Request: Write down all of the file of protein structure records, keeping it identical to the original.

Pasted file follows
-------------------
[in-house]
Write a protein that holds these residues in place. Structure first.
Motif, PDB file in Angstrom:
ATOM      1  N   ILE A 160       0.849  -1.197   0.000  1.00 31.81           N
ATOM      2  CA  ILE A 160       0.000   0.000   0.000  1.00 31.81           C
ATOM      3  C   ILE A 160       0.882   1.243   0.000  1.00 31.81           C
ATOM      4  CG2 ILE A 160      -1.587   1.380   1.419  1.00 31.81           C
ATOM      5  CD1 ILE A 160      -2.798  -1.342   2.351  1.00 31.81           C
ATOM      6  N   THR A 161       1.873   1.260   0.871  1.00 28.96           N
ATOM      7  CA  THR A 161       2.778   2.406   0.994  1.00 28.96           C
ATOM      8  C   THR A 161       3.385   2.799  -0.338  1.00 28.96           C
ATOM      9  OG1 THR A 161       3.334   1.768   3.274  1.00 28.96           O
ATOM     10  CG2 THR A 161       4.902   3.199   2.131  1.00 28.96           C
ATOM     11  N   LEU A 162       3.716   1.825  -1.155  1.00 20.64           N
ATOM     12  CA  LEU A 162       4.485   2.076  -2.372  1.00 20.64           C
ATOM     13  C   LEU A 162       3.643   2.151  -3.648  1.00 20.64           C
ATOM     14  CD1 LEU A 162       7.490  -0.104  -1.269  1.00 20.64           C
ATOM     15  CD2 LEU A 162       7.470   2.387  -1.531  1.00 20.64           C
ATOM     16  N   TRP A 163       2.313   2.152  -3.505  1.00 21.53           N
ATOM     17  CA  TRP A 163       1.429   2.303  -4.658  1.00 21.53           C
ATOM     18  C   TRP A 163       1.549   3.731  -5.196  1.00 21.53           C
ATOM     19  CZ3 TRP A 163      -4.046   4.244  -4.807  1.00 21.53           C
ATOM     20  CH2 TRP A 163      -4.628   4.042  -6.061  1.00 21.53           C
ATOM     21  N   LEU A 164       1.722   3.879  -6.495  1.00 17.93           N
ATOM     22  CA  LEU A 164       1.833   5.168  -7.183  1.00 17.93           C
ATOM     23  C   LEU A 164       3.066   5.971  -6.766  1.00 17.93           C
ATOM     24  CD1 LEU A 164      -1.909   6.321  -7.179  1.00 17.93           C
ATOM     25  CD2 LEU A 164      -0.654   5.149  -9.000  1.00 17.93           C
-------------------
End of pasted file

[in-house]
Write a protein that holds these residues in place. Structure first.
Motif, PDB file in Angstrom:
ATOM      1  N   ILE A 160       0.849  -1.197   0.000  1.00 31.81           N
ATOM      2  CA  ILE A 160       0.000   0.000   0.000  1.00 31.81           C
ATOM      3  C   ILE A 160       0.882   1.243   0.000  1.00 31.81           C
ATOM      4  CG2 ILE A 160      -1.587   1.380   1.419  1.00 31.81           C
ATOM      5  CD1 ILE A 160      -2.798  -1.342   2.351  1.00 31.81           C
ATOM      6  N   THR A 161       1.873   1.260   0.871  1.00 28.96           N
ATOM      7  CA  THR A 161       2.778   2.406   0.994  1.00 28.96           C
ATOM      8  C   THR A 161       3.385   2.799  -0.338  1.00 28.96           C
ATOM      9  OG1 THR A 161       3.334   1.768   3.274  1.00 28.96           O
ATOM     10  CG2 THR A 161       4.902   3.199   2.131  1.00 28.96           C
ATOM     11  N   LEU A 162       3.716   1.825  -1.155  1.00 20.64           N
ATOM     12  CA  LEU A 162       4.485   2.076  -2.372  1.00 20.64           C
ATOM     13  C   LEU A 162       3.643   2.151  -3.648  1.00 20.64           C
ATOM     14  CD1 LEU A 162       7.490  -0.104  -1.269  1.00 20.64           C
ATOM     15  CD2 LEU A 162       7.470   2.387  -1.531  1.00 20.64           C
ATOM     16  N   TRP A 163       2.313   2.152  -3.505  1.00 21.53           N
ATOM     17  CA  TRP A 163       1.429   2.303  -4.658  1.00 21.53           C
ATOM     18  C   TRP A 163       1.549   3.731  -5.196  1.00 21.53           C
ATOM     19  CZ3 TRP A 163      -4.046   4.244  -4.807  1.00 21.53           C
ATOM     20  CH2 TRP A 163      -4.628   4.042  -6.061  1.00 21.53           C
ATOM     21  N   LEU A 164       1.722   3.879  -6.495  1.00 17.93           N
ATOM     22  CA  LEU A 164       1.833   5.168  -7.183  1.00 17.93           C
ATOM     23  C   LEU A 164       3.066   5.971  -6.766  1.00 17.93           C
ATOM     24  CD1 LEU A 164      -1.909   6.321  -7.179  1.00 17.93           C
ATOM     25  CD2 LEU A 164      -0.654   5.149  -9.000  1.00 17.93           C